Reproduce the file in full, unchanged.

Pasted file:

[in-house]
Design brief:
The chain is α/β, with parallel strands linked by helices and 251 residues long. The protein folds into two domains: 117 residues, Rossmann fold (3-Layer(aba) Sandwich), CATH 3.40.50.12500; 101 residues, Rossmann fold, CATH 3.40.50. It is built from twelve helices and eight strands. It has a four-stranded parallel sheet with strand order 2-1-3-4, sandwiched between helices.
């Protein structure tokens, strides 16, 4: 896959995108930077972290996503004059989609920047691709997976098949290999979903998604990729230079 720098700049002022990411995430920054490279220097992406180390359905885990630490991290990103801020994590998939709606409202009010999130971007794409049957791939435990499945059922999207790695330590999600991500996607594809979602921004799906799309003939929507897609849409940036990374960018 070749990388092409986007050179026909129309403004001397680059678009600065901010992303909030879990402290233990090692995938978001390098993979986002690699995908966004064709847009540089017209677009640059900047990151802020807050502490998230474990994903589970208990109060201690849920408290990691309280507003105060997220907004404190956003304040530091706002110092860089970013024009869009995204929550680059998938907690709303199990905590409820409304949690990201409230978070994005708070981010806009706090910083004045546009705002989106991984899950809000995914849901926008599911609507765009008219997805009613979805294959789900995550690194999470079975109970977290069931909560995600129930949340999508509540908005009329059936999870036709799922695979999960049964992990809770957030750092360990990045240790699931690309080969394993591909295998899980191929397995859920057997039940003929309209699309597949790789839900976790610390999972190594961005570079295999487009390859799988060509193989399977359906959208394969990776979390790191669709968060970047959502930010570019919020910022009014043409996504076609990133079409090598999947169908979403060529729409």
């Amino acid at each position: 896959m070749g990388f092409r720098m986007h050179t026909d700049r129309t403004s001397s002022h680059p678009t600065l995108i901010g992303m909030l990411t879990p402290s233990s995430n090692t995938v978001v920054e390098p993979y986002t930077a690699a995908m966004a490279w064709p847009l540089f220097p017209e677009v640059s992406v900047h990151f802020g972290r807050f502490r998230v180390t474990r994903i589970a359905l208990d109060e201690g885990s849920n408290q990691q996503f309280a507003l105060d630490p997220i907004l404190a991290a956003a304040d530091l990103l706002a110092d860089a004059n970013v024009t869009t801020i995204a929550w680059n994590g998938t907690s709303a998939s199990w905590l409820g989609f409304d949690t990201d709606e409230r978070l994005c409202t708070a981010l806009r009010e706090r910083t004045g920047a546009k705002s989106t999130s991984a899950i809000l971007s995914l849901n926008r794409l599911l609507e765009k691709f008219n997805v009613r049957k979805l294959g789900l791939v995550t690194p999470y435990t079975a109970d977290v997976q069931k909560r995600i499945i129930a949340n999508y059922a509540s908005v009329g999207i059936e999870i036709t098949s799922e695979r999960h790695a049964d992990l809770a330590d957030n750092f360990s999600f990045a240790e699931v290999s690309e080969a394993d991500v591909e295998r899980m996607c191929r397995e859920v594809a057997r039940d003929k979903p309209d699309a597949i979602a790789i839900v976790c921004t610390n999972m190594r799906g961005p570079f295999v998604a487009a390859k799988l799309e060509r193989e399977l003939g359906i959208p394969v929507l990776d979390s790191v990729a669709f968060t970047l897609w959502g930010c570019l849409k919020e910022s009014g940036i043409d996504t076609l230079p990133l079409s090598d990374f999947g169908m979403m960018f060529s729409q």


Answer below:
[in-house]
Design brief:
The chain is α/β, with parallel strands linked by helices and 251 residues long. The protein folds into two domains: 117 residues, Rossmann fold (3-Layer(aba) Sandwich), CATH 3.40.50.12500; 101 residues, Rossmann fold, CATH 3.40.50. It is built from twelve helices and eight strands. It has a four-stranded parallel sheet with strand order 2-1-3-4, sandwiched between helices.
């Protein structure tokens, strides 16, 4: 896959995108930077972290996503004059989609920047691709997976098949290999979903998604990729230079 720098700049002022990411995430920054490279220097992406180390359905885990630490991290990103801020994590998939709606409202009010999130971007794409049957791939435990499945059922999207790695330590999600991500996607594809979602921004799906799309003939929507897609849409940036990374960018 070749990388092409986007050179026909129309403004001397680059678009600065901010992303909030879990402290233990090692995938978001390098993979986002690699995908966004064709847009540089017209677009640059900047990151802020807050502490998230474990994903589970208990109060201690849920408290990691309280507003105060997220907004404190956003304040530091706002110092860089970013024009869009995204929550680059998938907690709303199990905590409820409304949690990201409230978070994005708070981010806009706090910083004045546009705002989106991984899950809000995914849901926008599911609507765009008219997805009613979805294959789900995550690194999470079975109970977290069931909560995600129930949340999508509540908005009329059936999870036709799922695979999960049964992990809770957030750092360990990045240790699931690309080969394993591909295998899980191929397995859920057997039940003929309209699309597949790789839900976790610390999972190594961005570079295999487009390859799988060509193989399977359906959208394969990776979390790191669709968060970047959502930010570019919020910022009014043409996504076609990133079409090598999947169908979403060529729409």
């Amino acid at each position: 896959m070749g990388f092409r720098m986007h050179t026909d700049r129309t403004s001397s002022h680059p678009t600065l995108i901010g992303m909030l990411t879990p402290s233990s995430n090692t995938v978001v920054e390098p993979y986002t930077a690699a995908m966004a490279w064709p847009l540089f220097p017209e677009v640059s992406v900047h990151f802020g972290r807050f502490r998230v180390t474990r994903i589970a359905l208990d109060e201690g885990s849920n408290q990691q996503f309280a507003l105060d630490p997220i907004l404190a991290a956003a304040d530091l990103l706002a110092d860089a004059n970013v024009t869009t801020i995204a929550w680059n994590g998938t907690s709303a998939s199990w905590l409820g989609f409304d949690t990201d709606e409230r978070l994005c409202t708070a981010l806009r009010e706090r910083t004045g920047a546009k705002s989106t999130s991984a899950i809000l971007s995914l849901n926008r794409l599911l609507e765009k691709f008219n997805v009613r049957k979805l294959g789900l791939v995550t690194p999470y435990t079975a109970d977290v997976q069931k909560r995600i499945i129930a949340n999508y059922a509540s908005v009329g999207i059936e999870i036709t098949s799922e695979r999960h790695a049964d992990l809770a330590d957030n750092f360990s999600f990045a240790e699931v290999s690309e080969a394993d991500v591909e295998r899980m996607c191929r397995e859920v594809a057997r039940d003929k979903p309209d699309a597949i979602a790789i839900v976790c921004t610390n999972m190594r799906g961005p570079f295999v998604a487009a390859k799988l799309e060509r193989e399977l003939g359906i959208p394969v929507l990776d979390s790191v990729a669709f968060t970047l897609w959502g930010c570019l849409k919020e910022s009014g940036i043409d996504t076609l230079p990133l079409s090598d990374f999947g169908m979403m960018f060529s729409q």